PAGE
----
BCS Advantage Magazine Spring 2017 - Page 7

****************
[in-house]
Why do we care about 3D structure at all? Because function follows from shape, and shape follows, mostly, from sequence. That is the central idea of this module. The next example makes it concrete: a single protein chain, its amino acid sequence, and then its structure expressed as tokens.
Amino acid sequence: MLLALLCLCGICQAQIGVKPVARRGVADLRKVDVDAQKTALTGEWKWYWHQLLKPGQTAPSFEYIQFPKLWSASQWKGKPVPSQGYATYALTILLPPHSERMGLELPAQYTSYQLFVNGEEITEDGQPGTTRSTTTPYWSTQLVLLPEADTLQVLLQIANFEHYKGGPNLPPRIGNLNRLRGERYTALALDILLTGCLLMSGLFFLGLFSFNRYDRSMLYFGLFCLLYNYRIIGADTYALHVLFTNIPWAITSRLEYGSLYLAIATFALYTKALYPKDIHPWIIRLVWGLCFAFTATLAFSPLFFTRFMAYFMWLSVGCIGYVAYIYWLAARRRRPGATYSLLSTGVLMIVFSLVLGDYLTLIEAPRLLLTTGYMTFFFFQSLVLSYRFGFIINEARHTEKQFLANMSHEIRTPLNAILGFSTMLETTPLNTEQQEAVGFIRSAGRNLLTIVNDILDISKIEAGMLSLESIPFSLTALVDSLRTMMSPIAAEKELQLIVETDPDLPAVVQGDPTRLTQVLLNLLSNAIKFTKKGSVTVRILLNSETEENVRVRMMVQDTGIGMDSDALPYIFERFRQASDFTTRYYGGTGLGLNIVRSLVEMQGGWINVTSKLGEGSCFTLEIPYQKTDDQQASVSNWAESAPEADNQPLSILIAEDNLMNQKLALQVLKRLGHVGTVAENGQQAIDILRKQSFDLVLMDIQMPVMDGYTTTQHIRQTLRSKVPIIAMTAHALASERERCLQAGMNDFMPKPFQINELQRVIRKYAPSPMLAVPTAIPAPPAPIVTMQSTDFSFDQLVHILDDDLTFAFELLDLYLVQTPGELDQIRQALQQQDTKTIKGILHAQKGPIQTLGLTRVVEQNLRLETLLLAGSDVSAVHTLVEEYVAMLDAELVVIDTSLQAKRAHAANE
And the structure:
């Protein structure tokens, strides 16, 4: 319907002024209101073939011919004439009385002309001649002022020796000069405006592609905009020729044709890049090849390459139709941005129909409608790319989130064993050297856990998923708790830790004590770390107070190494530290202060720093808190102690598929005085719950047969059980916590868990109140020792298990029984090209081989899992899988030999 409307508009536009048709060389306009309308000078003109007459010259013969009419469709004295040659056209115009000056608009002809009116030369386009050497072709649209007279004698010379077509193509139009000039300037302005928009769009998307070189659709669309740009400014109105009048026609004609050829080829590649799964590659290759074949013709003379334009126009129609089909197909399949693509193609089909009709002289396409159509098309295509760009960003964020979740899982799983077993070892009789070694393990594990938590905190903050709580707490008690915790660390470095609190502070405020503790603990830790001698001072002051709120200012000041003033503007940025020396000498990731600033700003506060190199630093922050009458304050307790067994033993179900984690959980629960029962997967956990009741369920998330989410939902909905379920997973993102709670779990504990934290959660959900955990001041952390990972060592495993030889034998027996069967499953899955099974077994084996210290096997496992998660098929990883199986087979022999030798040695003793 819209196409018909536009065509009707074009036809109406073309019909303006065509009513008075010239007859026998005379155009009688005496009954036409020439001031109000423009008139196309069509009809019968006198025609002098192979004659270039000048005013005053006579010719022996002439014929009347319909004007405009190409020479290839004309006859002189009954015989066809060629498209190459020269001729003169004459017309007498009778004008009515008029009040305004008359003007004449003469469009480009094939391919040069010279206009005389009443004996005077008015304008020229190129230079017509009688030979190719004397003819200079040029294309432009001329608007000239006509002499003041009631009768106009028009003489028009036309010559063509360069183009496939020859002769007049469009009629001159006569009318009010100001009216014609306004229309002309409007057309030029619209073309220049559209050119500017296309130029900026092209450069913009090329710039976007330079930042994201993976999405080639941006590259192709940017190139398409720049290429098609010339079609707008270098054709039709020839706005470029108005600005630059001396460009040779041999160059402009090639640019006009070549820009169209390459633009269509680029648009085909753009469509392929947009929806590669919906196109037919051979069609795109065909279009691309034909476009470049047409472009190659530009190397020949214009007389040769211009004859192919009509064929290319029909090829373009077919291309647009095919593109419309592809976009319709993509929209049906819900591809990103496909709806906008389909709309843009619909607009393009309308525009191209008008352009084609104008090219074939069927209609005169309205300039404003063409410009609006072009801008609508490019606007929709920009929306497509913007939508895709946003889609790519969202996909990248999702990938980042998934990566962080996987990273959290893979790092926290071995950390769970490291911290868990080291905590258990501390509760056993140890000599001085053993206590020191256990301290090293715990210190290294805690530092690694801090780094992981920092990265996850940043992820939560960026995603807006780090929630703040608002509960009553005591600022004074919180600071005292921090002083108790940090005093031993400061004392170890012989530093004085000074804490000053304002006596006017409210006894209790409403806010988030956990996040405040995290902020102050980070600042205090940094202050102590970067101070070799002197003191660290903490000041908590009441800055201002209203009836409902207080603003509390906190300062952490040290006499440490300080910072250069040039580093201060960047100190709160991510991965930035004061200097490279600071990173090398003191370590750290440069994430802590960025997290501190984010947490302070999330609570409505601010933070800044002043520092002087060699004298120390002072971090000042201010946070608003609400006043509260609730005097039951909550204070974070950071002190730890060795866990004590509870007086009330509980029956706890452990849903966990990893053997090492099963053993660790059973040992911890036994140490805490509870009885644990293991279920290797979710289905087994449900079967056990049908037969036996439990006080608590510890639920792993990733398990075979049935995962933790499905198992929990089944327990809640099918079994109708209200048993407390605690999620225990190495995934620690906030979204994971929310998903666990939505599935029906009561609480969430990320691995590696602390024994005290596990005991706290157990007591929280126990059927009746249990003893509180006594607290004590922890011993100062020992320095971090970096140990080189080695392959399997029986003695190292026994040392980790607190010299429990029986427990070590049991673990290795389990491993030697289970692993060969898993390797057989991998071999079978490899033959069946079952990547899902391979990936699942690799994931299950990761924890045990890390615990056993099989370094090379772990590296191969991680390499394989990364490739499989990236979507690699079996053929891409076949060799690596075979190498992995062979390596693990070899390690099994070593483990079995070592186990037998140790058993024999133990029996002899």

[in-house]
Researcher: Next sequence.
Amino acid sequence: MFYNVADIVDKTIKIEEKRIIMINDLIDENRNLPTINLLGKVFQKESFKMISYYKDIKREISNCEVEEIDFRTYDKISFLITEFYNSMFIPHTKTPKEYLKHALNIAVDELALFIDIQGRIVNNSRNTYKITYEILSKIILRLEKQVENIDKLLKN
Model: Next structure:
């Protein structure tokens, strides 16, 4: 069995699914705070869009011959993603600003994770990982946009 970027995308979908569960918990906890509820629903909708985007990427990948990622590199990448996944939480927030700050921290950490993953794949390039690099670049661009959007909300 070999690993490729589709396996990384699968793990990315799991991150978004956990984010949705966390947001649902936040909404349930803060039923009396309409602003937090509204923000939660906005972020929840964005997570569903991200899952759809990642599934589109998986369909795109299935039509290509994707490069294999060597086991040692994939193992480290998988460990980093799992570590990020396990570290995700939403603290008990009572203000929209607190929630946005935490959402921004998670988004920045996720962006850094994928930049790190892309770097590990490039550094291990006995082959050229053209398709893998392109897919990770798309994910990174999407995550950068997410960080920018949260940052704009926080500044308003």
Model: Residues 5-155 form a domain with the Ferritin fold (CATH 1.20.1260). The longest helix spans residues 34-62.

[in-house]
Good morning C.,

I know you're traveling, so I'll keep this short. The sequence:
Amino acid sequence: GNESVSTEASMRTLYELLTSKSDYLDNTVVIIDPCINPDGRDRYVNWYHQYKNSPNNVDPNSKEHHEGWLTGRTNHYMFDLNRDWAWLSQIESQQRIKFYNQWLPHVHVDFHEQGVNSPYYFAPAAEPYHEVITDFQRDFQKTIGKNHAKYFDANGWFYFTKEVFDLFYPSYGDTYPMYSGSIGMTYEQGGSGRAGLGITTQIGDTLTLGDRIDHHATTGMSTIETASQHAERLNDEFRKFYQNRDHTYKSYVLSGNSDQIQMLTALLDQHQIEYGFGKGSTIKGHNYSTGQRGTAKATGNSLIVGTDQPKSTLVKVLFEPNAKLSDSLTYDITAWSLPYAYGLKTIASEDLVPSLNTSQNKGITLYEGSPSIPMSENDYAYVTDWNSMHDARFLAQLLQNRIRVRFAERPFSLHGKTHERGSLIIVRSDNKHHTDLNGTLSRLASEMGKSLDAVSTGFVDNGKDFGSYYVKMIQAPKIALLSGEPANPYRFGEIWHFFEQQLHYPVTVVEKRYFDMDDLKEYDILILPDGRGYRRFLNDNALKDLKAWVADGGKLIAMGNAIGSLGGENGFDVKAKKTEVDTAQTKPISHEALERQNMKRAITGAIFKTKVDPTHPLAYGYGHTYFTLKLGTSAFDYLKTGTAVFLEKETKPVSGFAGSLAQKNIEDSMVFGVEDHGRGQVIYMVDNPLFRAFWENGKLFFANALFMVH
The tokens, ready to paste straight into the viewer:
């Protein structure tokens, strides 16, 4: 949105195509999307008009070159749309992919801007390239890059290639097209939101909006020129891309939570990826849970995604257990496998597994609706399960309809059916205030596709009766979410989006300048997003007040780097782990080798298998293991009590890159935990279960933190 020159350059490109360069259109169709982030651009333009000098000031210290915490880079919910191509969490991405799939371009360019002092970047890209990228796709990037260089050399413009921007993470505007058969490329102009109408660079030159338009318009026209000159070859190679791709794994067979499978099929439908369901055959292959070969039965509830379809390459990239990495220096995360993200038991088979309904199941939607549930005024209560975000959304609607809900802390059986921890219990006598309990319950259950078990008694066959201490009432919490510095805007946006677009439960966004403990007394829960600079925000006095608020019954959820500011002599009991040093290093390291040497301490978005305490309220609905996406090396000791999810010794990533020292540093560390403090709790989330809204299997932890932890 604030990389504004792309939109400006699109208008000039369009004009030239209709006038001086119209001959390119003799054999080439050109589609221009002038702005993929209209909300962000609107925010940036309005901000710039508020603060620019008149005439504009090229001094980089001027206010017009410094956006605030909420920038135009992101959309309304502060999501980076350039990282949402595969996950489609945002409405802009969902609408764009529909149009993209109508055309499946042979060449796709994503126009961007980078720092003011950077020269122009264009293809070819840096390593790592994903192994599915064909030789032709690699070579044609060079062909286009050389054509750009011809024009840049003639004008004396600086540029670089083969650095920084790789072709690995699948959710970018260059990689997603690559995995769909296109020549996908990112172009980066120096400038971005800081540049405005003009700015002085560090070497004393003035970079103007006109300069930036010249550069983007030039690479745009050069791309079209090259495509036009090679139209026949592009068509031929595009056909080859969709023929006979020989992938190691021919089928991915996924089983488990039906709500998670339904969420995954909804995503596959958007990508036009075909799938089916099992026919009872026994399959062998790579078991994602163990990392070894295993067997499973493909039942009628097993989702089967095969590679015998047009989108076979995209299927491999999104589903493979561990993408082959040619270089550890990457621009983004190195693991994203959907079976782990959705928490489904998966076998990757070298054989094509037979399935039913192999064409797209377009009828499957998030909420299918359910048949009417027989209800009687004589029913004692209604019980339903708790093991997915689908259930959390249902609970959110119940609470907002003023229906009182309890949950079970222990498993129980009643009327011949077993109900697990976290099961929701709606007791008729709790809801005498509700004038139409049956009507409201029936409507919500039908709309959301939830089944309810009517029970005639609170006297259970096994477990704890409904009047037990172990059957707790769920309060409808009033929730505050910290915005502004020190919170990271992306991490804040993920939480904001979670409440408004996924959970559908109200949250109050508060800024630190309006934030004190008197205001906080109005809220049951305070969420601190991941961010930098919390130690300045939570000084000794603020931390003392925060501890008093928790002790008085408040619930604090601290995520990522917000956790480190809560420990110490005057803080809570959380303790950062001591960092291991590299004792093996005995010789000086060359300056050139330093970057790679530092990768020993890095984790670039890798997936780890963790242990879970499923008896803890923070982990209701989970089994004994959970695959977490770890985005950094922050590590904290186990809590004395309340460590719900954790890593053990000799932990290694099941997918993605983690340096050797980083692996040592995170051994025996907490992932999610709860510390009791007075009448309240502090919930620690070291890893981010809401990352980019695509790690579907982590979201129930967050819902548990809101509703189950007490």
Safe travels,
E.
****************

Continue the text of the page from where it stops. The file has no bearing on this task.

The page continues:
drive and was one of 100 people inspired by Mya’s situation to go through the short process of registering that day. travelled to the patient’s bone marrow where they, ideally, are stimulating the patient’s body to produce its own blood cells. “I knew the chances of someone [from the bone marrow registry] being selected were pretty slim, but it was only going to take 15 Coach Kruk hands Mya a softball before the minutes. So, I thought ‘let’s go, Championship Game. there’s no excuse.’ My wife and I got our cheeks swabbed, filled out the paperwork, and we were done. It was that simple,” says Coach Dawson. Be the Match reached out to Dawson shortly before this magazine went to print. The recipient (whose identity is being kept confidential) is recovering and doing as well as can be expected. At this point, Coach Dawson does not need to donate again, but if the person’s condition worsens, he says he wouldn’t hesitate to go through the process again. What Coach Dawson didn’t know at the time, was this altruistic act in honor of Mya Grace “I don’t consider myself a hero,” Matt Dawson gives a thumbs up during would have a ripple effect far says Dawson. “The goal was to donation process. beyond the Enka community. A help Mya Grace, but we ended few months after Coach Dawson up helping someone else. Anyone signed up, he received an unexpected call. at that bone marrow drive that day would have done what I did.” Dawson says, “I was actually playing golf when Be the Match called! I initially thought it was a telemarketer. Mya Grace’s life and legacy gained attention via Then they left a voicemail, so I checked it and was like local news coverage and Facebook. We may never ‘Oh my’! They told me I was a match for someone.” know how far her story has reached or who has been inspired by this brave seven-year-old girl. On this warm day in mid-July, Dawson’s excitement and curiosity about being a bone marrow donor was “That’s what was so special about Mya. She made so swiftly eclipsed by shock and sadness. That day, Mya many people want to do better and be better,” says Grace lost her battle with cancer. Coach Kruk. “It was a very emotional day,” says Dawson. Overwhelmed at times with different emotions, Dawson soon began the 6-week preparation process so doctors could harvest his bone marrow to help a stranger in desperate need. Coach Dawson believes, “You’ve got to help out when you can and hope for the best. That’s what you’re giving when you give bone marrow. You are giving someone hope.” As part of his preparation, five days before he was set to fly to Virginia for the procedure, Dawson began receiving injections to stimulate his bones to produce more blood forming stem cells, which would be pulled from his veins just like the procedure for donating plasma. “In reality, the process was so simple. It was like giving blood for four hours.” The stem cells pulled from Coach Dawson are the same found in bone marrow. They were given to the recipient in an IV, just like a blood transfusion. They Matt Dawson works with a student during class at Enka High. Log on to BeTheMatch.org to find out more about hosting a bone marrow regi 䁑ɥٔ)хѥѡɕѱѼ)Ѽѡɕ(